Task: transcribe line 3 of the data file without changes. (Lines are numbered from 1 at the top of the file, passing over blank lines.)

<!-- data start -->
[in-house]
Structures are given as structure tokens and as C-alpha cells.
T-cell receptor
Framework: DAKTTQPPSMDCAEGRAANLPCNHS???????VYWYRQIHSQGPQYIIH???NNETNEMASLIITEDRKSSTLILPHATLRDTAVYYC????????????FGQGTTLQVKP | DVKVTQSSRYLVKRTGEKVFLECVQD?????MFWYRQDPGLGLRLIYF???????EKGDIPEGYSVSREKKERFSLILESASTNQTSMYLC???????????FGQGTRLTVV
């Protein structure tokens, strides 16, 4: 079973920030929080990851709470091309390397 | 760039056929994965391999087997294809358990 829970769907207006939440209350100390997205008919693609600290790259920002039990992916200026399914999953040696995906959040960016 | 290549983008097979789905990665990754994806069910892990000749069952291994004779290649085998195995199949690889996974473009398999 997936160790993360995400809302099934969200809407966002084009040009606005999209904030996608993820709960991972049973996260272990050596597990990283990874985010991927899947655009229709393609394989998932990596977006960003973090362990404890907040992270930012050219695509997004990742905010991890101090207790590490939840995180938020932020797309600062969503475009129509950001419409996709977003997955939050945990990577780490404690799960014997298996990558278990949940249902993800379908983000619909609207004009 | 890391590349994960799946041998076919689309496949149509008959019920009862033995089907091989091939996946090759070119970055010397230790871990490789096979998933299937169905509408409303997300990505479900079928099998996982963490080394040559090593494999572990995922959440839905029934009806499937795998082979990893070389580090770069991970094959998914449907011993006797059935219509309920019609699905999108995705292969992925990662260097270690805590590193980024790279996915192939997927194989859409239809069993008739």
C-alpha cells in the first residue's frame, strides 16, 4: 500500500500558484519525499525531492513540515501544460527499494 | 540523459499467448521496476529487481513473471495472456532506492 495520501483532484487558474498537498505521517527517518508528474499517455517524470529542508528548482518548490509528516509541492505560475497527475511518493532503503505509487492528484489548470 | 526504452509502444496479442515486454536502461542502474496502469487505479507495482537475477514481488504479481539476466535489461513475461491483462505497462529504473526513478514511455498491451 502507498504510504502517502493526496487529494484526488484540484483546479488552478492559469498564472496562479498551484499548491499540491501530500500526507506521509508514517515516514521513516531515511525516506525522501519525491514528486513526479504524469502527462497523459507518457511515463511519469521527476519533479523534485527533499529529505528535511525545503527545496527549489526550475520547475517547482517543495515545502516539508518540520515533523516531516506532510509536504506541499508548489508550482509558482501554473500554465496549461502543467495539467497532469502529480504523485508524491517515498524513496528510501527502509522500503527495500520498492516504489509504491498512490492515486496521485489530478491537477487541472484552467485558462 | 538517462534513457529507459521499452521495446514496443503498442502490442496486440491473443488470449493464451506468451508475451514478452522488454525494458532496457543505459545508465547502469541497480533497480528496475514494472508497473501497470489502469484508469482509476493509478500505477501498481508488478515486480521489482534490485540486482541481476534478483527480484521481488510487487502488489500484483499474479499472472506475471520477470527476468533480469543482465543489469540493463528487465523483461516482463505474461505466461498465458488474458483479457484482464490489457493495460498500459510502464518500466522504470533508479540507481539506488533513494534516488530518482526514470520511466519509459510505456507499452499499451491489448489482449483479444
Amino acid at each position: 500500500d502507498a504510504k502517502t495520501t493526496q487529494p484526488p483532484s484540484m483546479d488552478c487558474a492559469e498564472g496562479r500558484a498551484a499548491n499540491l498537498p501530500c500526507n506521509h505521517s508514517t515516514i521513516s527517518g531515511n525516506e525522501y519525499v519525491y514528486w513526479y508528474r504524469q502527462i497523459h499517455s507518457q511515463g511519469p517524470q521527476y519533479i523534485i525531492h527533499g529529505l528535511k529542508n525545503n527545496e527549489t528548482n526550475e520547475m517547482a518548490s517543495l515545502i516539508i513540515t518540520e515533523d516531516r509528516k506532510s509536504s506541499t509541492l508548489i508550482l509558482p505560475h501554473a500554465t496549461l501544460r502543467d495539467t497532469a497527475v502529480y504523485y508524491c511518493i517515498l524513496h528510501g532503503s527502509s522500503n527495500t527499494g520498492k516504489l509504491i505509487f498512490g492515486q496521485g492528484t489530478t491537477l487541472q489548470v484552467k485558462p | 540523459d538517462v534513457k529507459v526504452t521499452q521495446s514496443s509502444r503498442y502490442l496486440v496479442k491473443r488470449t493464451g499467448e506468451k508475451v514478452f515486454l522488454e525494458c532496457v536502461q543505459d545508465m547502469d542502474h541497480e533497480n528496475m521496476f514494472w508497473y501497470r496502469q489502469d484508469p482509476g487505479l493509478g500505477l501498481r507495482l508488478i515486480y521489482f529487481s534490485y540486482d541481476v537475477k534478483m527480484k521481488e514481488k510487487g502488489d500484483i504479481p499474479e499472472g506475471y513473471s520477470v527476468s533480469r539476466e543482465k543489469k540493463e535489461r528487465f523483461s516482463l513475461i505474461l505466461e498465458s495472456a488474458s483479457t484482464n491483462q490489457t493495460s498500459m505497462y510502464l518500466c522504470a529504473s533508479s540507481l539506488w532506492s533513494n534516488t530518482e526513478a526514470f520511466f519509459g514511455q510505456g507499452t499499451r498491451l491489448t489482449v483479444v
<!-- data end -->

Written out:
T-cell receptor